Waste Prevention, Recycling, and Management
- By: AWMA
- On: 03/04/2020 09:02:54
- In: EM Articles
- Comments: 0
EM – March 2020: This issue of EM offers readers five articles providing insight into important, recent developments in waste prevention and management.by David H. Minott
In introducing an entirely waste-themed issue each year, we customarily begin with a brief look back at the waste management practices of our forebears, which provides historical perspective and is always intriguing. This time, we'll pluck some historical gems from a treatise on “The History of Waste” by Roberta Crowell Barbalace.
Let's touch briefly upon how organized, municipal waste management evolved over history. In around 500 B.C., the first regulated, municipal waste dump was established in Athens, Greece. Some 2,000 years later, the first U.S. recycling mill began operation in 1690 in Philadelphia, making paper from old rags and recovered paper. However, it took another 200 years before the first waste sorting plant for recycling was established in New York City in 1898. Just prior in 1889, Washington, D.C. noted that it was running out of locations locally for disposing its waste. Does this sound familiar? Today, 130 years later, many large coastal cities in the United States are confronting this very same challenge in their solid waste management planning, resulting in long-distance hauling of post-recycling waste for disposal out of state—not exactly an ode to sustainability.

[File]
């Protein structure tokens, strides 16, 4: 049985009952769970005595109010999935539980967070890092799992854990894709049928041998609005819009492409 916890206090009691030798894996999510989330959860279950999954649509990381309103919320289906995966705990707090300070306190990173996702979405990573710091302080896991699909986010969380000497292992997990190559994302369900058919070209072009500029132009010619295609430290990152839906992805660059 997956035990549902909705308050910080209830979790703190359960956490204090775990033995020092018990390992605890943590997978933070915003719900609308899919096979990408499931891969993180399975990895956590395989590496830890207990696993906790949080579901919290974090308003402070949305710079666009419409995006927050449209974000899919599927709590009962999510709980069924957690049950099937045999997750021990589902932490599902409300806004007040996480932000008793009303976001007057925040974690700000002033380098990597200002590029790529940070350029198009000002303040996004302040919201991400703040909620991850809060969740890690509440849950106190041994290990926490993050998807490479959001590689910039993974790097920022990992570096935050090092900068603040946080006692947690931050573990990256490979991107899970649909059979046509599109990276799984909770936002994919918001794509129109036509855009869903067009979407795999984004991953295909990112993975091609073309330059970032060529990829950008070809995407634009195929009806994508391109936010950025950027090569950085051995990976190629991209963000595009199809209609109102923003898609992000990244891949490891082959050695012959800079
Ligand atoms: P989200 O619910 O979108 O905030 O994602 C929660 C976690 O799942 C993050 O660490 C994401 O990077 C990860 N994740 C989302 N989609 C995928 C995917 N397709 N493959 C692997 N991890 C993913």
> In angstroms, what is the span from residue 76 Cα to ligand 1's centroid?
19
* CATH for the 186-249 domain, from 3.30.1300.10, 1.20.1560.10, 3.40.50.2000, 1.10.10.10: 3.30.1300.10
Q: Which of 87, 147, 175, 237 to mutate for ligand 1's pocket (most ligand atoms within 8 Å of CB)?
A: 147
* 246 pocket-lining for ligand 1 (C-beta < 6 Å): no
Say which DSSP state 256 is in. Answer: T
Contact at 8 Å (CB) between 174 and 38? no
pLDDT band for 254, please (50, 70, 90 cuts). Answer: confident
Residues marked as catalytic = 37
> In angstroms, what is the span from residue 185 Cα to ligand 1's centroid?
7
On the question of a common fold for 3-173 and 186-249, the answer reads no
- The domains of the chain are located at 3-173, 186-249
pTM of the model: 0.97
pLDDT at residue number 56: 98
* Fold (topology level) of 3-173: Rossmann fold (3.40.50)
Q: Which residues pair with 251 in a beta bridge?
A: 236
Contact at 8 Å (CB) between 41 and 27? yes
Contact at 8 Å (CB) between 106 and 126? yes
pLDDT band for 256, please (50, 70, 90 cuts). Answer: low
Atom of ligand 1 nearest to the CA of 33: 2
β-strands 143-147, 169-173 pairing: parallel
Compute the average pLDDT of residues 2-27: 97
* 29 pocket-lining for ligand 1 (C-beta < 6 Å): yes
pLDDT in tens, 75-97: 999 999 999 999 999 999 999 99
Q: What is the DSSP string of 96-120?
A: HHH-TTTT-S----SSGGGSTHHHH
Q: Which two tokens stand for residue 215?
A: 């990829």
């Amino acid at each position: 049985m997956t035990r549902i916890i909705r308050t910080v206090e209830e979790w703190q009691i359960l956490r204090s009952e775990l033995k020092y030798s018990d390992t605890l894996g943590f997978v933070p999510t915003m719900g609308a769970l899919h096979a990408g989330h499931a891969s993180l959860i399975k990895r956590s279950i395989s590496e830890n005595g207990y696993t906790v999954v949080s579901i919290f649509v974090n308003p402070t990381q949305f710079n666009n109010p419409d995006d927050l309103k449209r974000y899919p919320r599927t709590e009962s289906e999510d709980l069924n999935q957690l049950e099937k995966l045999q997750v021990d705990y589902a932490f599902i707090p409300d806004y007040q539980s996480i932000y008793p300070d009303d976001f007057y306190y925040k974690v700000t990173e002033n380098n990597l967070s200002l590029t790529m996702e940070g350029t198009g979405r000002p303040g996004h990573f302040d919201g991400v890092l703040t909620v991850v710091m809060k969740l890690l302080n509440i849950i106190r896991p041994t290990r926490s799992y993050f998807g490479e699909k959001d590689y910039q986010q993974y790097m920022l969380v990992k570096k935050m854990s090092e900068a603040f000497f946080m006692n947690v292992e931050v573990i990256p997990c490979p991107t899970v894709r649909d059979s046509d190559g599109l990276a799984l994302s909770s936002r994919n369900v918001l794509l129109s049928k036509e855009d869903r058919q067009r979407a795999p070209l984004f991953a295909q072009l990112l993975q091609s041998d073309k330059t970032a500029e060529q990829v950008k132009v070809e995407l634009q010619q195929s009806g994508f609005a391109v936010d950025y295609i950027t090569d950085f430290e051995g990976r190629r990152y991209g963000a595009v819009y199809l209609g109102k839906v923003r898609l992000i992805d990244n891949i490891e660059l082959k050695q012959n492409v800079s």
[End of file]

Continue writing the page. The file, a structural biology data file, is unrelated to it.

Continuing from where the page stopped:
This month's EM presents five articles that provide insight into important developments in waste prevention and management. The first, by Susan Robinson, is a follow-on article to one she wrote for EM last year that chronicled China's sudden ban on the import of recyclable materials, and how the ban was disrupting recycling market conditions worldwide, jeopardizing recycling programs in the United States and Canada. In this updated article, the author describes how the North American recycling industry is now adapting successfully by developing domestic mill capacity to use recyclable materials.
The next two articles—by Lisa Damiano and Heather Little, followed by David Greene and Eric Peterson—acquaint readers with the emerging interest among U.S. landfill operators in upgrading their landfill gas (LFG) to pipeline-quality renewable natural gas (RNG), which is then sold in the natural gas market. For decades, it has been common at landfills to use LFG to fuel engine-generators that produce energy onsite. The motivators for upgrading to RNG production include increased revenue from RNG, lowering of the landfill's carbon profile, and reduced regulatory compliance burden. However, the future economic viability of RNG in the United States requires increased political commitment to stabilizing the value of the federal renewable energy credits for which RNG qualifies.
The fourth article in this issue shifts readers' focus from municipal solid waste to a hazardous waste management topic. Soil gas intrusion into buildings (vapor intrusion), including intrusion of radon, methane, and volatile chemicals, can cause health risks to building occupants. Laurent Levy and Christopher Lutes provide a lucid primer on soil gas intrusion into buildings, its risks, and how it is assessed and mitigated.
The final article in this issue returns us to landfills. In his article, Paul Ruehl describes an innovative technique for treating (and stabilizing) the pollutant, polyfluoroalkyl substances (PFAS), which is present in landfill leachate using cement encapsulation. This process enables the treated product to be beneficially used as daily landfill cover.
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